MINNEAPOLIS - While highway crews worked overnight to ease the morning commute, another effort was underway at the Minneapolis St. Paul International Airport.
Even with thousands of flights crossing the nation and hundreds of them at the MSP, bad weather rarely leaves planes grounded.
"We have a lot more experience with it. We have a lot more times dealing with it than, say, Atlanta." said Jeff Mattson, assistant manager of Airside Operations at the Metropolitan Airport Commission. "But the other snow belt airports have a good program in place also."
At MSP, the program starts in a hidden room at the Lindbergh Terminal, where a staff of 15 works in what's called Airside Operations. Their job is to make sure flying is safe, watching everything from weather radar to flight schedules to ensure there's enough friction on the runways to take off and land.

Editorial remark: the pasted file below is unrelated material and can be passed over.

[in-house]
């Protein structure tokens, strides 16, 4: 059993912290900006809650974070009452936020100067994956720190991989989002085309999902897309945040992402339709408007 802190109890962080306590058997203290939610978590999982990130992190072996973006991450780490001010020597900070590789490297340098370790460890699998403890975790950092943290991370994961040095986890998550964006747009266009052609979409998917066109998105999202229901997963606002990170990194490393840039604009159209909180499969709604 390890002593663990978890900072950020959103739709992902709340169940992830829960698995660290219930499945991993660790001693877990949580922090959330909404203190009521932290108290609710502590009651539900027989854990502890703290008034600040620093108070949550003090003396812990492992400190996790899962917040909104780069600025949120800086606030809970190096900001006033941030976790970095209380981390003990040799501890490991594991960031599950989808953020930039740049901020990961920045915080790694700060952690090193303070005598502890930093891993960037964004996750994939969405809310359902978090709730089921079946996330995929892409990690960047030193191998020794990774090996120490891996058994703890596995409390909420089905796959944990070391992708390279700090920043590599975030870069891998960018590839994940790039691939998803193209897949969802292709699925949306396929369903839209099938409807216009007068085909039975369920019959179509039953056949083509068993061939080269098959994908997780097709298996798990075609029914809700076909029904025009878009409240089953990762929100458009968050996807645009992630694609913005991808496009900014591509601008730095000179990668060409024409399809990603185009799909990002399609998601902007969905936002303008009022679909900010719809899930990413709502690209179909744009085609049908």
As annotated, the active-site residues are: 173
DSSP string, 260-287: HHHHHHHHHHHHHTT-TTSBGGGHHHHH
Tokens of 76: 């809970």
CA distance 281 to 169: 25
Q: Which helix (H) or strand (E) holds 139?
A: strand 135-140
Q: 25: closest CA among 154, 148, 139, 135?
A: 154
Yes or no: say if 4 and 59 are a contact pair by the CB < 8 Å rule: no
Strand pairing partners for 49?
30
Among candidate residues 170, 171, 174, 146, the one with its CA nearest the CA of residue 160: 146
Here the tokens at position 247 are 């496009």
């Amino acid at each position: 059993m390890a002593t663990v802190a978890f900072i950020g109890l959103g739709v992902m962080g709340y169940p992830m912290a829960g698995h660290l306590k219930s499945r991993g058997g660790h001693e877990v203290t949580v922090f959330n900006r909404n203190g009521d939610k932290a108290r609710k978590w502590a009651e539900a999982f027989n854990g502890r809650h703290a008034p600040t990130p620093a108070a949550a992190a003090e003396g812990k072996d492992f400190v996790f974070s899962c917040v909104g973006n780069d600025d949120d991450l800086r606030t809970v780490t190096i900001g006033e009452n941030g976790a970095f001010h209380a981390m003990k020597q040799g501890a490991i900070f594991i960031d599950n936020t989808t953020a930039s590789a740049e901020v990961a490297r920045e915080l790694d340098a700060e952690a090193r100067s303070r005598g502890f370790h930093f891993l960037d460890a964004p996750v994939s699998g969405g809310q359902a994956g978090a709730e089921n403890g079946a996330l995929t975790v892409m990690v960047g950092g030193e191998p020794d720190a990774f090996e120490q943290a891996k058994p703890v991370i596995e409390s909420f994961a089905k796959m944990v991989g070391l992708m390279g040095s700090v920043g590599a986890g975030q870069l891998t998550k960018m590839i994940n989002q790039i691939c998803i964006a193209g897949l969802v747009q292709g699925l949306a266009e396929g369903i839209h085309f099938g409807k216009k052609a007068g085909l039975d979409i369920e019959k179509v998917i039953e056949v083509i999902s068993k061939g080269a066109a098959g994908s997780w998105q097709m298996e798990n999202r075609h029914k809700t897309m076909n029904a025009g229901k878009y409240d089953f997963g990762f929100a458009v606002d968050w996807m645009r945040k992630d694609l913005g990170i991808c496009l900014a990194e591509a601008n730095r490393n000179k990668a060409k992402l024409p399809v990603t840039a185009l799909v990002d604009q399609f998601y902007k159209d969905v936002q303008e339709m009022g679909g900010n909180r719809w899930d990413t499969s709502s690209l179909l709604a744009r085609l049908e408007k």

Though they try to clear and treat the four runways at times when it won't disrupt flights, during storms like Tuesday's that's not always easy. Some morning trips were delayed while crews worked quickly to make them safe. A large digital map in the Airside Operations office shows red dots marking each plow or truck on the runway and what they do is different during every storm.
Nobody knows that better than the 160 people in field maintenance. Drivers, shovelers, mechanics and others work throughout the airport, from the runways to the roads to the ramps.
To clear snow, they form a so-called conga line. First, a plow, then a sweeper, a blower and finally chemicals. It takes about 20 to 45 minutes and when the last runway's clear, they start again on the first one. They work nonstop and even sleep on site to run in continuous shifts.
And even after this storm was done, their work is not. Up next, is the effort to prepare for the next round of weather.
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